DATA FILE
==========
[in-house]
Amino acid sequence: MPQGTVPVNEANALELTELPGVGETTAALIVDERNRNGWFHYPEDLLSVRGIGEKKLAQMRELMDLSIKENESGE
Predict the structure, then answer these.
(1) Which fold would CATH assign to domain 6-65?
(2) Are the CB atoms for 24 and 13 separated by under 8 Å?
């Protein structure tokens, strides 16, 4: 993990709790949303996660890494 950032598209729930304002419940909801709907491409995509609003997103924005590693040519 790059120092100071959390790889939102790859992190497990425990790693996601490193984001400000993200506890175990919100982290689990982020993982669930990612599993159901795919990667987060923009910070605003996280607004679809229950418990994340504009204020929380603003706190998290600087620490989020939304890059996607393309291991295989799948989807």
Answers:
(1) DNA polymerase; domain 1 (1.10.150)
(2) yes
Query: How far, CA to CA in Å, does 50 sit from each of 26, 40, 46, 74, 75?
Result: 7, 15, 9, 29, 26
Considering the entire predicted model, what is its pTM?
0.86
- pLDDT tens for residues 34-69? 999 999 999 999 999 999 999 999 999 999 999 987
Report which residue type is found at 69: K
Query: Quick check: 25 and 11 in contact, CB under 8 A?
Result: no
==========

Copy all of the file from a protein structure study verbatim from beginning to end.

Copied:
[in-house]
Amino acid sequence: MPQGTVPVNEANALELTELPGVGETTAALIVDERNRNGWFHYPEDLLSVRGIGEKKLAQMRELMDLSIKENESGE
Predict the structure, then answer these.
(1) Which fold would CATH assign to domain 6-65?
(2) Are the CB atoms for 24 and 13 separated by under 8 Å?
């Protein structure tokens, strides 16, 4: 993990709790949303996660890494 950032598209729930304002419940909801709907491409995509609003997103924005590693040519 790059120092100071959390790889939102790859992190497990425990790693996601490193984001400000993200506890175990919100982290689990982020993982669930990612599993159901795919990667987060923009910070605003996280607004679809229950418990994340504009204020929380603003706190998290600087620490989020939304890059996607393309291991295989799948989807």
Answers:
(1) DNA polymerase; domain 1 (1.10.150)
(2) yes
Query: How far, CA to CA in Å, does 50 sit from each of 26, 40, 46, 74, 75?
Result: 7, 15, 9, 29, 26
Considering the entire predicted model, what is its pTM?
0.86
- pLDDT tens for residues 34-69? 999 999 999 999 999 999 999 999 999 999 999 987
Report which residue type is found at 69: K
Query: Quick check: 25 and 11 in contact, CB under 8 A?
Result: no